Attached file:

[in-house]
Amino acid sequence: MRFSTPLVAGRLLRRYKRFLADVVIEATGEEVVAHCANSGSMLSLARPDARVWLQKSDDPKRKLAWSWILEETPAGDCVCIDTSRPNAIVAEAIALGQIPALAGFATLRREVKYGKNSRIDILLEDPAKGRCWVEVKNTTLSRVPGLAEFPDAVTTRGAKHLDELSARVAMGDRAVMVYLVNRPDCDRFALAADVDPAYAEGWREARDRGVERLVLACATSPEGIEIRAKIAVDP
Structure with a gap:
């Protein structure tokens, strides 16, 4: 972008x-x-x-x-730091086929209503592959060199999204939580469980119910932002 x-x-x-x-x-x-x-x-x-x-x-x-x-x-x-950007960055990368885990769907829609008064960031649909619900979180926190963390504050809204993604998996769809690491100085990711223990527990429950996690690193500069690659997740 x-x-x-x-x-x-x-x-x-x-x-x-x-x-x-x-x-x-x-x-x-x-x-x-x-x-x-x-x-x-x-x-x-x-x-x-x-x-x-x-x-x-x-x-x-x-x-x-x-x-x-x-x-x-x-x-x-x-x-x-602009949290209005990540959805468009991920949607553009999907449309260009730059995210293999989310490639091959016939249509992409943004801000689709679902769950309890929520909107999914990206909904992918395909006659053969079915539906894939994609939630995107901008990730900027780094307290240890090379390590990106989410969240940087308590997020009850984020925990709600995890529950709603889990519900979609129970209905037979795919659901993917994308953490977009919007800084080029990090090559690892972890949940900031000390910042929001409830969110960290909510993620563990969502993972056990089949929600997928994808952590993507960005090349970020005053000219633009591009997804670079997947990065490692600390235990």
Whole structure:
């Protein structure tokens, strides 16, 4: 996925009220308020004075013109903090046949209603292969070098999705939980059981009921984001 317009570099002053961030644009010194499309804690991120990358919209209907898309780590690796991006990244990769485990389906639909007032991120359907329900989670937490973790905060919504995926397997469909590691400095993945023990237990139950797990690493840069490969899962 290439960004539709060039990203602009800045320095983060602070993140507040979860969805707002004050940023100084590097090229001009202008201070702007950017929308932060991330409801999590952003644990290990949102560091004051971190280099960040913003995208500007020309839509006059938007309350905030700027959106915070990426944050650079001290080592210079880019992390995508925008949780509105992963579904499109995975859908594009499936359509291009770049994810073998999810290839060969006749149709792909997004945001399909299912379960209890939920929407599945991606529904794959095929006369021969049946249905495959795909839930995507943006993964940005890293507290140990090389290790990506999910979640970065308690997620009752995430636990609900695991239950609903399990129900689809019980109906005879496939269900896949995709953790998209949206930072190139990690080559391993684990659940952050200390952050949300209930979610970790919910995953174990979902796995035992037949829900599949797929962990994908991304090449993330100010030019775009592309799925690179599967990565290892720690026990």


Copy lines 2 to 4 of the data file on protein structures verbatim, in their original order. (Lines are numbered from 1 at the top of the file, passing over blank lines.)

Amino acid sequence: MRFSTPLVAGRLLRRYKRFLADVVIEATGEEVVAHCANSGSMLSLARPDARVWLQKSDDPKRKLAWSWILEETPAGDCVCIDTSRPNAIVAEAIALGQIPALAGFATLRREVKYGKNSRIDILLEDPAKGRCWVEVKNTTLSRVPGLAEFPDAVTTRGAKHLDELSARVAMGDRAVMVYLVNRPDCDRFALAADVDPAYAEGWREARDRGVERLVLACATSPEGIEIRAKIAVDP
Structure with a gap:
């Protein structure tokens, strides 16, 4: 972008x-x-x-x-730091086929209503592959060199999204939580469980119910932002 x-x-x-x-x-x-x-x-x-x-x-x-x-x-x-950007960055990368885990769907829609008064960031649909619900979180926190963390504050809204993604998996769809690491100085990711223990527990429950996690690193500069690659997740 x-x-x-x-x-x-x-x-x-x-x-x-x-x-x-x-x-x-x-x-x-x-x-x-x-x-x-x-x-x-x-x-x-x-x-x-x-x-x-x-x-x-x-x-x-x-x-x-x-x-x-x-x-x-x-x-x-x-x-x-602009949290209005990540959805468009991920949607553009999907449309260009730059995210293999989310490639091959016939249509992409943004801000689709679902769950309890929520909107999914990206909904992918395909006659053969079915539906894939994609939630995107901008990730900027780094307290240890090379390590990106989410969240940087308590997020009850984020925990709600995890529950709603889990519900979609129970209905037979795919659901993917994308953490977009919007800084080029990090090559690892972890949940900031000390910042929001409830969110960290909510993620563990969502993972056990089949929600997928994808952590993507960005090349970020005053000219633009591009997804670079997947990065490692600390235990």